How To Teach Your Dog The Recall Command
When it comes to training your puppy or dog, teaching the “sit” and “down” commands are fairly easy because these are things your dog is naturally inclined to do. Teaching your dog to come when called, however, can be a little more difficult – especially in situations where your dog would rather be doing something else. Recall is incredibly important for dogs, however, because you never know when your dog might get into a dangerous situation and calling him back to you could save his life.
Your first step in teaching your dog recall is to choose a recall command – you should not simply use your dog’s name to call him because this could be confusing if you use his name in association with other commands. A simple “come” or “here” command works well as long as you are consistent in using the same command throughout your training.
Related: 6 Tips On Teaching Your Puppy To Come When Called
Start in a low-distraction environment such as a large room in your house or an enclosed garden – if your dog is too distracted, he will be unlikely to come to you and the exercise will be wasted. Stock up on plenty of tasty treats that will have your dog interested in coming to you. Ideally, the treats should be small but very smelly so that your dog can get a whiff of them and come running. You may also want to mix it up, using a different kind of treat during every training session.
To begin, kneel a few feet away from your dog and give him the recall command in an excited voice – your dog is more likely to come to you if he thinks it will be fun. Repeat this exercise until your dog is consistently responding to the cue – give him a treat each time he responds correctly. Next, you can make it into a game by running a few feet away from your dog and giving him the recall cue. Just be sure that you only reward your dog when he comes appropriately.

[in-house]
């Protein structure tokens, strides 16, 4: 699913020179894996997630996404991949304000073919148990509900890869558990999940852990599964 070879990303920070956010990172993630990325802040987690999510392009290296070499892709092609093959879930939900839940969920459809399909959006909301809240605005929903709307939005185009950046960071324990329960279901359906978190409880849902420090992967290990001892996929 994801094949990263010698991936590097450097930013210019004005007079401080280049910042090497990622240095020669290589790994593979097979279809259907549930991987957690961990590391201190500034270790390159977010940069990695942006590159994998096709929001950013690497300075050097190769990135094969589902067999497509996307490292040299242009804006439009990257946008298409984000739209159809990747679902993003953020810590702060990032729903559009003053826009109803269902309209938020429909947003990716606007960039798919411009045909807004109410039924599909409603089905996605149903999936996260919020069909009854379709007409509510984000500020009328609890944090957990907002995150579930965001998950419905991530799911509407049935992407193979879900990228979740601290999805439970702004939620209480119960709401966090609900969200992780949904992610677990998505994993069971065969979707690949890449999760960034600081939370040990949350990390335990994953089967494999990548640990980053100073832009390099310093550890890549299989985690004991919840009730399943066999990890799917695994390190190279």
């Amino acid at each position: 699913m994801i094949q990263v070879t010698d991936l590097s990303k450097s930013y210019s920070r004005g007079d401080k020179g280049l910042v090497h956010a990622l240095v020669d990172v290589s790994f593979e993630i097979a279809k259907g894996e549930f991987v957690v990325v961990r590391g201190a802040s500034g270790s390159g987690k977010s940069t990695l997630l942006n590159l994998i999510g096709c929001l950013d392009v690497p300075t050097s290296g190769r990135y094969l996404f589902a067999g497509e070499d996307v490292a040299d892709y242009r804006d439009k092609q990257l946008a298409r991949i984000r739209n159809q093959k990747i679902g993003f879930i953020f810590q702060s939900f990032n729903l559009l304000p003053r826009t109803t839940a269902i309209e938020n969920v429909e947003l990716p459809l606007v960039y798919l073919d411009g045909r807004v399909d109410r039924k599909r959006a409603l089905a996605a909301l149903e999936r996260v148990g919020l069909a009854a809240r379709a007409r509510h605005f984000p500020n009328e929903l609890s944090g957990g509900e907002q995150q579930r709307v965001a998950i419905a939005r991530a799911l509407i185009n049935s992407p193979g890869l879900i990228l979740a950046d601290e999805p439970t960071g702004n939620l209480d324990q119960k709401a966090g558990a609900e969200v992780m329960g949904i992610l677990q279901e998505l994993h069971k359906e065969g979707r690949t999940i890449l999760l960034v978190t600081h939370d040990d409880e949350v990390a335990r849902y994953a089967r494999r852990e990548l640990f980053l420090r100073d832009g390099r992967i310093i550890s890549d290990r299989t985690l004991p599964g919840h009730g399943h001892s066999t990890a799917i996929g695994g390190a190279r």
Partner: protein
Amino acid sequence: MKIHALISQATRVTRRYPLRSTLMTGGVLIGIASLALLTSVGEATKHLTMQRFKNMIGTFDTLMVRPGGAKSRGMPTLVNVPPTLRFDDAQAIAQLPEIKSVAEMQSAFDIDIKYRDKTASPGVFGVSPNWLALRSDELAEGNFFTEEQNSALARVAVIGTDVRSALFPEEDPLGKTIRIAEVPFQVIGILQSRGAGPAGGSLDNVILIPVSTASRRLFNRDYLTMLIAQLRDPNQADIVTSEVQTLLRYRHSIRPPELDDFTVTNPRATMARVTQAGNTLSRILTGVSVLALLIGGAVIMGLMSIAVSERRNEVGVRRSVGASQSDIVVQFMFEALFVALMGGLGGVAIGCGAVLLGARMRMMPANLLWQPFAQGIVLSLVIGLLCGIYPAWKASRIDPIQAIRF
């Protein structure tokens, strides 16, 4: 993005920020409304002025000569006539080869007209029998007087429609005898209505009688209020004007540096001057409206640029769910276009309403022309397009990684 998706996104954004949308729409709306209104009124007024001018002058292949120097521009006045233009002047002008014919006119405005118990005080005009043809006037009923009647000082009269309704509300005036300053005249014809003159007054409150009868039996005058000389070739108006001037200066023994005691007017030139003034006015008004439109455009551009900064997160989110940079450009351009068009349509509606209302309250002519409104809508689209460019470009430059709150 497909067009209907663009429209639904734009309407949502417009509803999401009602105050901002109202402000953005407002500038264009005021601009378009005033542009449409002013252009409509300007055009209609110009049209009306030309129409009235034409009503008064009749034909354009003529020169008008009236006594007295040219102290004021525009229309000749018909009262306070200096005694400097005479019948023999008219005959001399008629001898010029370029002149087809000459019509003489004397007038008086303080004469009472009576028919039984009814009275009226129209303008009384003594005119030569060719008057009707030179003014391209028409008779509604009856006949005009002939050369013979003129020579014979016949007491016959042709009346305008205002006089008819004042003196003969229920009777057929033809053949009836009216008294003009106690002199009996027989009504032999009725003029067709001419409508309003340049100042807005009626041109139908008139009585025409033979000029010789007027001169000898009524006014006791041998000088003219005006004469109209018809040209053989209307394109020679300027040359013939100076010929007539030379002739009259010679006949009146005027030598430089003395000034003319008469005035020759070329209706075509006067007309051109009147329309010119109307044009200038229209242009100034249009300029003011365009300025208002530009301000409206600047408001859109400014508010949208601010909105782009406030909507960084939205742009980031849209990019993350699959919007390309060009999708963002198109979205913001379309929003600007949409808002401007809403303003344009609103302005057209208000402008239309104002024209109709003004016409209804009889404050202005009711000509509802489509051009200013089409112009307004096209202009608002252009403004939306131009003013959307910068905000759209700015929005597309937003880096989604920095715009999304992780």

Related: Teach Your Dog To Be A Canine Good Citizen
The training method described above is the simplest method of training your dog to come when called, but it is not the only option. Some dog owners prefer the “back up and recall” method. To implement this method, put your dog on a short leash and practice in a distraction-free environment. Hold the leash and give your dog the “come” command then take a few quick steps backward. Keep moving backward away from your dog until he comes all the way to you. When he does, praise him and offer him a treat. In addition to teaching your dog the “come” command, this method also trains him to keep an eye on you and to pay attention to where you are going.
Another option for training recall is to use a long line or training leash about 20 feet long. Using a long leash gives your dog more freedom to move about but allows you to keep him under control. To implement this training method you will need the help of a friend or family member. Start by having someone hold your dog by crossing their hands in front of his chest to restrain him while you hold the other end of the leash. Get your dog’s attention by waving a treat in front of his face and use his name then run away from him while giving the “come” command. Use the “come” command only once but encourage your dog to follow by clapping your hands. When your dog comes, praise and reward him. Over time you can run further from your dog before you give the “come” command – this will teach your dog to respond even when you are not directly next to him.
The key to training your dog is to make it fun – if your dog enjoys the training sessions and has fun with you, he is more likely to be actively engaged. In training your dog for recall, don’t be afraid to get creative in making up games to ensure that your dog has a good time.
Kate Barrington is the loving owner of two cats (Bagel and Munchkin) and a noisy herd of guinea pigs. Having grown up with golden retrievers, Kate has a great deal of experience with dogs but labels herself a lover of all pets. Having received a Bachelor's degree in English, Kate has combined her love for pets and her passion for writing to create her own freelance writing business, specializing in the pet niche.
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